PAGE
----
- China has experienced a considerable decline in under-five mortality – 80 per cent since 1990.
The report observed that though child mortality tends to decline as average income increases, many poorer countries are surpassing richer neighbours in reducing under-five mortality rates. Some of the countries witnessing global economic growth, including India and Nigeria, have been slow in reducing child mortality.
Inequities in child survival
According to the UNICEF report, there’s a growing disparity in maternal, newborn and child health in high-mortality countries.
- In a country, children born into the poorest 20 per cent of households are twice as likely to die before the age of 5 as those born into the richest 20 per cent.
- The report recommends substantial improvements in nutrition to boost child survival rates as half of all deaths of children under age 5 are due to under-nutrition.
- An analysis of recent data on 87 countries shows that stunting rates among the poorest children are more than double of those among the richest.
- In West and Central Africa, there has been a less than a 25 per cent reduction in stunting between 1990 and 2014.
- Maternal education determines the chance of survival. In South Asia and sub-Saharan Africa, children with mothers having no education are almost three times as likely to die before age 5 as children of mothers with secondary education.
- If all mothers achieved secondary education, there would be 1.5 million fewer annual deaths of children under age 5 in sub-Saharan Africa and 1.3 million fewer in South Asia.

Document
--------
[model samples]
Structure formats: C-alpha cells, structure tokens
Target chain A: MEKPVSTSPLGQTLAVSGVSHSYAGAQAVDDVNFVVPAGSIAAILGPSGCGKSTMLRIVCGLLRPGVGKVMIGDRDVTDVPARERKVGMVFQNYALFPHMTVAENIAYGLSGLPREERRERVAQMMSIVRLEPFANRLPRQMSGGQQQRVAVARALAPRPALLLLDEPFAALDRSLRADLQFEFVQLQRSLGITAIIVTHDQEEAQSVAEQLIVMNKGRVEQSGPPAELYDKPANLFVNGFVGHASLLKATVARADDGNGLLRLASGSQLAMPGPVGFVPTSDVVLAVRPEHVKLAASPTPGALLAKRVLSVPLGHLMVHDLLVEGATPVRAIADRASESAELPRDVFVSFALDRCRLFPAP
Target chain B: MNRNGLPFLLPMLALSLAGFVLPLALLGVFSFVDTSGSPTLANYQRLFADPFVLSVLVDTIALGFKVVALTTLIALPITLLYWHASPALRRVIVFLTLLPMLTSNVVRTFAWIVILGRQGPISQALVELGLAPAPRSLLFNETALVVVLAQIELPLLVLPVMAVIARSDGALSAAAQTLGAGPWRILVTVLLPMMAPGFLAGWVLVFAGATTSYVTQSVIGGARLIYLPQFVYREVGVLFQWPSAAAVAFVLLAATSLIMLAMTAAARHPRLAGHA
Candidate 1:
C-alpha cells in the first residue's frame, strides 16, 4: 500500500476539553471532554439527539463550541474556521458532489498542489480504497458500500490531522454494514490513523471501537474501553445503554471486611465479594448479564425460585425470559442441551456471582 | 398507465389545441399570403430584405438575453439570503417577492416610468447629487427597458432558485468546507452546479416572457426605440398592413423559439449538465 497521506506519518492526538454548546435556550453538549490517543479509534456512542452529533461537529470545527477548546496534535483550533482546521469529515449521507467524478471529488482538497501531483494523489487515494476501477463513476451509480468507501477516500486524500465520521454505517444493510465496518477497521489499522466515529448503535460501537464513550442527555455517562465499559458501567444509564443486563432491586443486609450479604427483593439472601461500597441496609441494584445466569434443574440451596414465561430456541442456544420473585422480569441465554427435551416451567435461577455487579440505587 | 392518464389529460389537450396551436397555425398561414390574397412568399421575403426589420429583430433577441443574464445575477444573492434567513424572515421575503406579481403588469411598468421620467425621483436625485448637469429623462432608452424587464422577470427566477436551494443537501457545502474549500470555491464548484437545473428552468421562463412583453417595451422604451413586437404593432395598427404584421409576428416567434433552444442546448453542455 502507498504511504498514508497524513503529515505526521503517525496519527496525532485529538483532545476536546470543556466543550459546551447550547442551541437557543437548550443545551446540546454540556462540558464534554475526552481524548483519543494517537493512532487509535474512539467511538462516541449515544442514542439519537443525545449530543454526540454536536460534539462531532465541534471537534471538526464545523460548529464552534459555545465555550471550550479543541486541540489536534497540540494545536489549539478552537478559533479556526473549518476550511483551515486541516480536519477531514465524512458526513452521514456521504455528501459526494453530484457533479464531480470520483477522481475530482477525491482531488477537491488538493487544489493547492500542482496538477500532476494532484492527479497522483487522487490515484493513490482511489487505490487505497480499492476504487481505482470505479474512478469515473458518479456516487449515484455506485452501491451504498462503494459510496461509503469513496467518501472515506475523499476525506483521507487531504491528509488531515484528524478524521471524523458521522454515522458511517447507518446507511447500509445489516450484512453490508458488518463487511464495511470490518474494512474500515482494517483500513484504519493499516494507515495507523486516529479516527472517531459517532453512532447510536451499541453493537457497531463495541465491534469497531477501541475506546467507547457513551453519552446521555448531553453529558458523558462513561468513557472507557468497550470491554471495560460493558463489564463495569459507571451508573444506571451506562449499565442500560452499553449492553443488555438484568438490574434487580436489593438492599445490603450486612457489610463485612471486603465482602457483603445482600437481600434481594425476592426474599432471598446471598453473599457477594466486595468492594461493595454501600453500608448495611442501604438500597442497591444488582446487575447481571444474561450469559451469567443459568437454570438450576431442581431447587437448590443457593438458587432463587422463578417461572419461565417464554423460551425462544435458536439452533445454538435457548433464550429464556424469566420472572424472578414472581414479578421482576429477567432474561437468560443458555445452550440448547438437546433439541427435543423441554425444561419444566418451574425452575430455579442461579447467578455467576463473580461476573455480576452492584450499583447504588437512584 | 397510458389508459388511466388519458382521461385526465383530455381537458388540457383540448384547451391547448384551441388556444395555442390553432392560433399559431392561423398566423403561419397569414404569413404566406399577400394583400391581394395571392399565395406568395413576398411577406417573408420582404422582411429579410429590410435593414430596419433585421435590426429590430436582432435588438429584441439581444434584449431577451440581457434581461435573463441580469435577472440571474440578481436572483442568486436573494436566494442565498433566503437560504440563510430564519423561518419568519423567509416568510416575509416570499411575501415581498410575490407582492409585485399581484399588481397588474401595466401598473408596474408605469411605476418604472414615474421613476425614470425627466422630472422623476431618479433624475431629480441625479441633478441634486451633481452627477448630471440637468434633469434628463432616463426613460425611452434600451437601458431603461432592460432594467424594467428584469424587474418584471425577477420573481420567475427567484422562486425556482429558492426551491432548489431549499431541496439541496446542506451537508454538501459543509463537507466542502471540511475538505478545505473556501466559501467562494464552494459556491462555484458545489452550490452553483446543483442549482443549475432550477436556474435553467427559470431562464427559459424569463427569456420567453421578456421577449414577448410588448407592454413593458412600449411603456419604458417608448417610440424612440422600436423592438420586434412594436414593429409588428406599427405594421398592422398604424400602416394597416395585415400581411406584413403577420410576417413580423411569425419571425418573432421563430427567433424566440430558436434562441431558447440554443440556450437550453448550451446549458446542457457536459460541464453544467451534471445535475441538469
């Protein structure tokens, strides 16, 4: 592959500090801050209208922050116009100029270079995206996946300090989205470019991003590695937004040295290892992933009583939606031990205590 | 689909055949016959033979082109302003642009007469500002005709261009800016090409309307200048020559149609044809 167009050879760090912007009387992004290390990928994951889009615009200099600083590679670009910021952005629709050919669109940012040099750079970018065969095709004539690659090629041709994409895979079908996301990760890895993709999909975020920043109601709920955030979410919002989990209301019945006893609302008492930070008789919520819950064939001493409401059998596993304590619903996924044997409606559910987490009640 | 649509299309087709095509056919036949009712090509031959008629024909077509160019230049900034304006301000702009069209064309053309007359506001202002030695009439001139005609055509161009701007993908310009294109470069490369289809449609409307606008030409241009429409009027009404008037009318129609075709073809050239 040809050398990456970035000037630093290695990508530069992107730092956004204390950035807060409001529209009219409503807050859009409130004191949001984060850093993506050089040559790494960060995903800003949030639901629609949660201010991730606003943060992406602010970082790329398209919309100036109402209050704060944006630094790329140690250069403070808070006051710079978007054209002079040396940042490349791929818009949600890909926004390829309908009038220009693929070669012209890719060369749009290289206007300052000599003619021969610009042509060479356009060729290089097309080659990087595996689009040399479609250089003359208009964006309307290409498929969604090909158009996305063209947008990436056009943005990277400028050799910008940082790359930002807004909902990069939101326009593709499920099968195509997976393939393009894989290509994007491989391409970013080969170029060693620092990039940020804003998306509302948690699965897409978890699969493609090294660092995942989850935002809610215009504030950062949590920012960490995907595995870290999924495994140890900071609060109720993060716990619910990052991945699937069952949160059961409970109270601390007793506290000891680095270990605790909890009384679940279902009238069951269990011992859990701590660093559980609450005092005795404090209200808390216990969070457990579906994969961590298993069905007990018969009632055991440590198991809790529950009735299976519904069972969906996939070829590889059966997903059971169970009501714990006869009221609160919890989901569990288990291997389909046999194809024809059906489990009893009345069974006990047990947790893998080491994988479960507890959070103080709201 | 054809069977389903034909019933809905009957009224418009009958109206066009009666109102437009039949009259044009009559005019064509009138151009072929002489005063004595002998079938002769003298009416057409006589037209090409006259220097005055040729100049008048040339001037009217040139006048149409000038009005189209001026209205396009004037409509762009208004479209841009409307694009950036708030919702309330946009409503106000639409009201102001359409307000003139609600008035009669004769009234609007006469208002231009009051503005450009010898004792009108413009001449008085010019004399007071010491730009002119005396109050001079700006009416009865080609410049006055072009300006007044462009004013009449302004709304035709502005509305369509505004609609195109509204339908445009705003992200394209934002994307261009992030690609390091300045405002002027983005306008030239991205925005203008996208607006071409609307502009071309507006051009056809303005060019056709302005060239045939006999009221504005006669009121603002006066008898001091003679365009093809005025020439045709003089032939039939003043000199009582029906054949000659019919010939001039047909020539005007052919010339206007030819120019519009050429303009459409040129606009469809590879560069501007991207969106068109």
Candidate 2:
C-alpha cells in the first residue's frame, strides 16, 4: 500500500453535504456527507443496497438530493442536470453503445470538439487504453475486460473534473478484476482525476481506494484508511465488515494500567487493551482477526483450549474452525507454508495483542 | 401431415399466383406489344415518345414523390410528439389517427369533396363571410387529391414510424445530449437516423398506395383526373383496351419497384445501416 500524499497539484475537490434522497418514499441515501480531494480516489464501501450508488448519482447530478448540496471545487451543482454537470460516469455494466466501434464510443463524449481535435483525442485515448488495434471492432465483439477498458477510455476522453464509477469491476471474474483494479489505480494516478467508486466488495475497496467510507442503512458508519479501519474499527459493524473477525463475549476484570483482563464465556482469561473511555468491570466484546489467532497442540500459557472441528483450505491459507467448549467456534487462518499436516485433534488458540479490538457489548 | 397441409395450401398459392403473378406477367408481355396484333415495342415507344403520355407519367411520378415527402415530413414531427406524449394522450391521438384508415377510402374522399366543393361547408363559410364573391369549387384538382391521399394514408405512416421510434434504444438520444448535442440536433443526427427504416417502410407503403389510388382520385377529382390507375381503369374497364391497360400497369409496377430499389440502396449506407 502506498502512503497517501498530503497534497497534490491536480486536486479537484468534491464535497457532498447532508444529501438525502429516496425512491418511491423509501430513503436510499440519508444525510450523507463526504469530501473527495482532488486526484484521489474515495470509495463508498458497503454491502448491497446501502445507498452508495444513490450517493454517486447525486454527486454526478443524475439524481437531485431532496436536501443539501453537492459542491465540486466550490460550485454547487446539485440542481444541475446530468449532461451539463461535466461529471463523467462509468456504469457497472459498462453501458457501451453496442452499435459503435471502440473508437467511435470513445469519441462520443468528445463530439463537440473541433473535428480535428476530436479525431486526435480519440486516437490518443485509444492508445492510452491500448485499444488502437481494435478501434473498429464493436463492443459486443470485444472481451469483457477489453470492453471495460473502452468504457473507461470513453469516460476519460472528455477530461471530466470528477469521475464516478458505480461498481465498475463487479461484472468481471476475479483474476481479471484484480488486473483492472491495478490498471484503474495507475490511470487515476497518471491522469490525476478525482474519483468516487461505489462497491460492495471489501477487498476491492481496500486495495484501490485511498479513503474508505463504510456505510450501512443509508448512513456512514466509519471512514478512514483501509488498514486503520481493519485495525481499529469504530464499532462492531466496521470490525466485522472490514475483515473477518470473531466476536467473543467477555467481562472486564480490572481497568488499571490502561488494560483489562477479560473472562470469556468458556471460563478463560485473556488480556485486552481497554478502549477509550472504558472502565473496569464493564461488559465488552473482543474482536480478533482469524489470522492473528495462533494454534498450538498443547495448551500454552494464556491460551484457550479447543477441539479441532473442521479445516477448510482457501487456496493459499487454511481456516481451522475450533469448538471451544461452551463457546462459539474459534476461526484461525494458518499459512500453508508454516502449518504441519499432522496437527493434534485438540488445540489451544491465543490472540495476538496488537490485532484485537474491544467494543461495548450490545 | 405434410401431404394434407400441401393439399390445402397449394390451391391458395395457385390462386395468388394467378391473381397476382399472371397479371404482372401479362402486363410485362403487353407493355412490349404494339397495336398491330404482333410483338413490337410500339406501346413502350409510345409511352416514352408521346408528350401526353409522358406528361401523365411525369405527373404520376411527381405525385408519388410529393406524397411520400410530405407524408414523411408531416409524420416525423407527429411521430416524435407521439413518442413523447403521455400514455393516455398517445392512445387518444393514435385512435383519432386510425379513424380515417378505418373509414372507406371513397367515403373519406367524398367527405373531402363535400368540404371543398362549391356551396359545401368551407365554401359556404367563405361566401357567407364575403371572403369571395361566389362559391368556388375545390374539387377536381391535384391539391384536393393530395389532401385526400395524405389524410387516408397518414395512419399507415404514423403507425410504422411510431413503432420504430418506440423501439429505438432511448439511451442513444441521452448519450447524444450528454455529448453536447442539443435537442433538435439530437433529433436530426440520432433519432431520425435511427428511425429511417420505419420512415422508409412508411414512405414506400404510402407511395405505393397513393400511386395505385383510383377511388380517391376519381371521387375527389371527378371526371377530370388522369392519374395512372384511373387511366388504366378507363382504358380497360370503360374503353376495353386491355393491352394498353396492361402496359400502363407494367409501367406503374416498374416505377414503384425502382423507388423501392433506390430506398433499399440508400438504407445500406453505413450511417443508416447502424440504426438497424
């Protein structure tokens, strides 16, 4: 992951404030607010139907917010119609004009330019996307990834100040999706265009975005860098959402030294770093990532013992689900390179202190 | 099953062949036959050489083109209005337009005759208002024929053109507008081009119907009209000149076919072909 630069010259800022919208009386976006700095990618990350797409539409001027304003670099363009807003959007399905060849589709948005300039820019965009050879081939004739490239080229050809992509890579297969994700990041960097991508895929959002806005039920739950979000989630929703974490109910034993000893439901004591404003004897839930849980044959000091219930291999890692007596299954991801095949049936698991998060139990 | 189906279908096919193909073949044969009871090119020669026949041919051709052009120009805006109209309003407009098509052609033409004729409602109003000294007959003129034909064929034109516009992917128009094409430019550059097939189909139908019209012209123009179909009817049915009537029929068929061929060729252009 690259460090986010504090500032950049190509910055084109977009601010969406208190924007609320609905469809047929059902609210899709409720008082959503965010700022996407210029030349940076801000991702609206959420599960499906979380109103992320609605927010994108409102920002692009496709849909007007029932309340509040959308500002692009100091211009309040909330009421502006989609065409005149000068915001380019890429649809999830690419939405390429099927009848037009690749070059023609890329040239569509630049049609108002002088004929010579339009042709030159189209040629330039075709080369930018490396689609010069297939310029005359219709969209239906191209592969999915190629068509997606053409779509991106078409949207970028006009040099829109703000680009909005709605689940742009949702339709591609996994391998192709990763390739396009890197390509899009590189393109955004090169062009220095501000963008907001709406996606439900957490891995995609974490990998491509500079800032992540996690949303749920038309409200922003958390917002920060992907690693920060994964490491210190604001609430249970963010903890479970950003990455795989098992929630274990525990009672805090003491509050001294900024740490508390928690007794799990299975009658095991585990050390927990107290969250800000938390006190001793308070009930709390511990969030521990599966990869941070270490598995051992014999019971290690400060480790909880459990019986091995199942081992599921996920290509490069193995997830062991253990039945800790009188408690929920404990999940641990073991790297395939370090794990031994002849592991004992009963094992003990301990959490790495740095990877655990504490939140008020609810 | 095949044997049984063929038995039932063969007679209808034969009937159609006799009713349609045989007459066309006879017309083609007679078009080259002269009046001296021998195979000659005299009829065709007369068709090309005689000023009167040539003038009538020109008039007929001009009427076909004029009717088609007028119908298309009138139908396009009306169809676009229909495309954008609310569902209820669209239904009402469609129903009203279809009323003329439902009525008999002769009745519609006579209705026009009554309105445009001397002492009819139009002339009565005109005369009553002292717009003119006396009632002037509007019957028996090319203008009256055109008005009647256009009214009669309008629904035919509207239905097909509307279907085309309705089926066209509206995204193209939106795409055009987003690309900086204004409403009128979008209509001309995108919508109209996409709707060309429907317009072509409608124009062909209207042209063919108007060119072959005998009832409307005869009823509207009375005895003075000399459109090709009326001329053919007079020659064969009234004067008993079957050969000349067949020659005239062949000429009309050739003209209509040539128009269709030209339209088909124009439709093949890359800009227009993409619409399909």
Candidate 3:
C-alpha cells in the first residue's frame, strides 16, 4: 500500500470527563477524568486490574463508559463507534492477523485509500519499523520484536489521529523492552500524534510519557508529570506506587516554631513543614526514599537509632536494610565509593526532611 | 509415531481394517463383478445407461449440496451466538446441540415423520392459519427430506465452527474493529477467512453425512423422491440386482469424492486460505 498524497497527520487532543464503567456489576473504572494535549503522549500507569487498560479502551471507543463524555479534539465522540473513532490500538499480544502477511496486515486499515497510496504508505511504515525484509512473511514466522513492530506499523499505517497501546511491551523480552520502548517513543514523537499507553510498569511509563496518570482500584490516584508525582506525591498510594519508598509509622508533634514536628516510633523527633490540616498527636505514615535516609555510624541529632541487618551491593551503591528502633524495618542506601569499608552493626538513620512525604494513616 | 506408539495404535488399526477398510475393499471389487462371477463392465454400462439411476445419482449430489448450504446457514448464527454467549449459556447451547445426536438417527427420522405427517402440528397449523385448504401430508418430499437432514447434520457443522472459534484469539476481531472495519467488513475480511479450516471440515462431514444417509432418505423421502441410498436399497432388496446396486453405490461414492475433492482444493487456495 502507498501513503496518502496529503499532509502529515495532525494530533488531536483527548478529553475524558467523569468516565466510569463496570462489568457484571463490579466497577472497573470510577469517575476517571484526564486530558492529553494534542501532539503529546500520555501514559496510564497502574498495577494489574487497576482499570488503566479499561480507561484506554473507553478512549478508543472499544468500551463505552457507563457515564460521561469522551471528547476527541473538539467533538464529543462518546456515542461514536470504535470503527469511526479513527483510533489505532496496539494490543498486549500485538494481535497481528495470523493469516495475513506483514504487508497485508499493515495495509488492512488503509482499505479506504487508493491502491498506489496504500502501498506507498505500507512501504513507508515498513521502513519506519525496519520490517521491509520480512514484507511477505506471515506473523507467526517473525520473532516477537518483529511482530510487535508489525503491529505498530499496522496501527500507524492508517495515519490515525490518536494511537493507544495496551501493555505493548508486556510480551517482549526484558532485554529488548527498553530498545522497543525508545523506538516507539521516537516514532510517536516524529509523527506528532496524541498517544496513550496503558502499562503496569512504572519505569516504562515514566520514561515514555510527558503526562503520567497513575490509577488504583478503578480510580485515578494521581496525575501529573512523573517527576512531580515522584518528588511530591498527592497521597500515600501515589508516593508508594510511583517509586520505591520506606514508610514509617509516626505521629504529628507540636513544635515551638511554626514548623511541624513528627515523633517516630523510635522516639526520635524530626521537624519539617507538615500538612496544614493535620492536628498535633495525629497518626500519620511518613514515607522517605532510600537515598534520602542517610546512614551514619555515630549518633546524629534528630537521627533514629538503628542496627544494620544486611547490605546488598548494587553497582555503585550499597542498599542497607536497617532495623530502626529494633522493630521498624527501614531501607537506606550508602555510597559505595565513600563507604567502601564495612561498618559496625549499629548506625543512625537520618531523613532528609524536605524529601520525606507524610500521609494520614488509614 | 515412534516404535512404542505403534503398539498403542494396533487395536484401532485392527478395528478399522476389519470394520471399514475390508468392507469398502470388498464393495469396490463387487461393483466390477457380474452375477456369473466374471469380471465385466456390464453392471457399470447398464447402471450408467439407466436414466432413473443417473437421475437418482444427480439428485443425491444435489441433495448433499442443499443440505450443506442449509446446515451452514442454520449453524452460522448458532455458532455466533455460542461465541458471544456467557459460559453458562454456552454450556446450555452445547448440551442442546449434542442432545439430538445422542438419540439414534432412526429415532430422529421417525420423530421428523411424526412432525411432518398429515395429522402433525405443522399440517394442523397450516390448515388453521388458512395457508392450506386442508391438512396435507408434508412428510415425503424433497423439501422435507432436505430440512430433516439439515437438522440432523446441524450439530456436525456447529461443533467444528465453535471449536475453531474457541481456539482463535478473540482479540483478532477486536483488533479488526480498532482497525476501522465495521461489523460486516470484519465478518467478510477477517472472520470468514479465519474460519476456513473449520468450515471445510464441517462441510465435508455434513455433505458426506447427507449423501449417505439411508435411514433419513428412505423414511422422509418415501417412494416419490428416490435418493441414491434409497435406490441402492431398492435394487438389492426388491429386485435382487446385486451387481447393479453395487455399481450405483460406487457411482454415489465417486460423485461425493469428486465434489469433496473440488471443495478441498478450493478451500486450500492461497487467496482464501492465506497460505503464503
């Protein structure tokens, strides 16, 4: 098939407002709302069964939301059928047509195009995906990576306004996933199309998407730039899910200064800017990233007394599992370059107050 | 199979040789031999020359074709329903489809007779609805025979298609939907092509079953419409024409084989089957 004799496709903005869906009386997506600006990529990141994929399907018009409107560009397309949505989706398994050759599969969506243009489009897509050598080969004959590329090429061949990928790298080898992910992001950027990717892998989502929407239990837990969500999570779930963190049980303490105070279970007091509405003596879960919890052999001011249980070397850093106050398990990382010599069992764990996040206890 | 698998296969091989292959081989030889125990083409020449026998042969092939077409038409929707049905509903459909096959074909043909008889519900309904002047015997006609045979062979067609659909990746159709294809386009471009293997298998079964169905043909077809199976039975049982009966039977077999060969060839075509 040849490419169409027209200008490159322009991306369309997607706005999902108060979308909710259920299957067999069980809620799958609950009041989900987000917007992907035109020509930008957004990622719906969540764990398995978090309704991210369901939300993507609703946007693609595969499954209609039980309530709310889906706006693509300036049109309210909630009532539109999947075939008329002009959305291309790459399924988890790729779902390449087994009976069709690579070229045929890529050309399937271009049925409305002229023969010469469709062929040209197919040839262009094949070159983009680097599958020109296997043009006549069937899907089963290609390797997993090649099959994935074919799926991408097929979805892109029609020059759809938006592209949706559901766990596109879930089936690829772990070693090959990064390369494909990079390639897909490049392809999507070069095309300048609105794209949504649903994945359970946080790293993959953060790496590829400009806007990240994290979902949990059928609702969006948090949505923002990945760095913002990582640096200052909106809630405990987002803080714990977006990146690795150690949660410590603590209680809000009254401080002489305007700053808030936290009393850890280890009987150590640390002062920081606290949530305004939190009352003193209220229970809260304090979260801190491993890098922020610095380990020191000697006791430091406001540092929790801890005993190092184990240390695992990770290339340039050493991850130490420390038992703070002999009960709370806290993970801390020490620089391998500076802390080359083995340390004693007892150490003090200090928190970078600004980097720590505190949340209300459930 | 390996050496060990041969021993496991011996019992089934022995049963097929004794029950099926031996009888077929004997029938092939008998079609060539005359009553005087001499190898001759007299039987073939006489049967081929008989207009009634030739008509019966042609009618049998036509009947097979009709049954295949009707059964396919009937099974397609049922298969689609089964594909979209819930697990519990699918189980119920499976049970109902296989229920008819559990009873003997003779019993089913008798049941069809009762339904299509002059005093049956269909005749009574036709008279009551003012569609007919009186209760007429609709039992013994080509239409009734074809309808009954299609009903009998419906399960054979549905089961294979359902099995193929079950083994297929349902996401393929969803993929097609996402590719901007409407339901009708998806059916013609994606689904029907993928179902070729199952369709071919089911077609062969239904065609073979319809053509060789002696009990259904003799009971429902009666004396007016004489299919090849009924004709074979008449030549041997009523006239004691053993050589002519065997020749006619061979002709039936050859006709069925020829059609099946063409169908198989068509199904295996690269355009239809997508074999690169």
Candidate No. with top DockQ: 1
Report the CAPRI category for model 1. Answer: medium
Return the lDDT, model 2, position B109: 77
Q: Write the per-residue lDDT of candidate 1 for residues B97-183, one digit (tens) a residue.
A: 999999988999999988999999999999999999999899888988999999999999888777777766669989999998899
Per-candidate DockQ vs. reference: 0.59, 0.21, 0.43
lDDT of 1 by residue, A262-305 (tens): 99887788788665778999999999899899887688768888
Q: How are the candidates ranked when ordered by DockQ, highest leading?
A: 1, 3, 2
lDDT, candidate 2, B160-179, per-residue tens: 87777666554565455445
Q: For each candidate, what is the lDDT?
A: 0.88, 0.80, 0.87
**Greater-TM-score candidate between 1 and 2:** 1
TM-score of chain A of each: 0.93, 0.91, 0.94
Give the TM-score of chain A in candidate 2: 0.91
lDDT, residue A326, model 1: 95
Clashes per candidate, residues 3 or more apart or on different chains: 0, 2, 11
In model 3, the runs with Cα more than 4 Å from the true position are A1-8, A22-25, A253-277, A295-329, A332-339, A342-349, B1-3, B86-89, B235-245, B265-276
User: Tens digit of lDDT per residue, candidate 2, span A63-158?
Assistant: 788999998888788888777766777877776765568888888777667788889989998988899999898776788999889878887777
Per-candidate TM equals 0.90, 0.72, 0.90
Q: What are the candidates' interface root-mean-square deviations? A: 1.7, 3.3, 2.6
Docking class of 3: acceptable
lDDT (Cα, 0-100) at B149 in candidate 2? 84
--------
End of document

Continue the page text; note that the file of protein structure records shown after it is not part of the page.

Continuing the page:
- The rural-urban divide also affects child survival as children born in rural areas are 1.7 times more likely to die before age 5 than children in urban areas.
Disparities in access and quality of care
The report recommends antenatal care, skilled care at birth and essential newborn care to improve prospects for safe pregnancy and child survival. However, it also notes “extreme disparity” in access to care but also in the quality of care. Disparities in utilisation of antenatal care and skilled birth attendance, as the report pointed out, indicated social disparities in child survival.
- Globally, women from the richest 20 per cent of households are more than twice as likely to have a skilled attendant at birth as those from the poorest 20 per cent.
- A modest increase in antenatal care coverage since 2000 has done little to narrow disparities in the antenatal period.
- In 2015, just over half of pregnant women benefited from the recommended four antenatal care visits
- “Glaring disparities” in antenatal care and skilled birth attendance exist in South Asia and sub-Saharan Africa.
- In Bangladesh and Pakistan, women from the richest households are four and six times more likely to receive antenatal care (at least four visits) than those from the poorest.
- Some of the largest gaps in skilled birth attendance exist in Eastern and Southern Africa.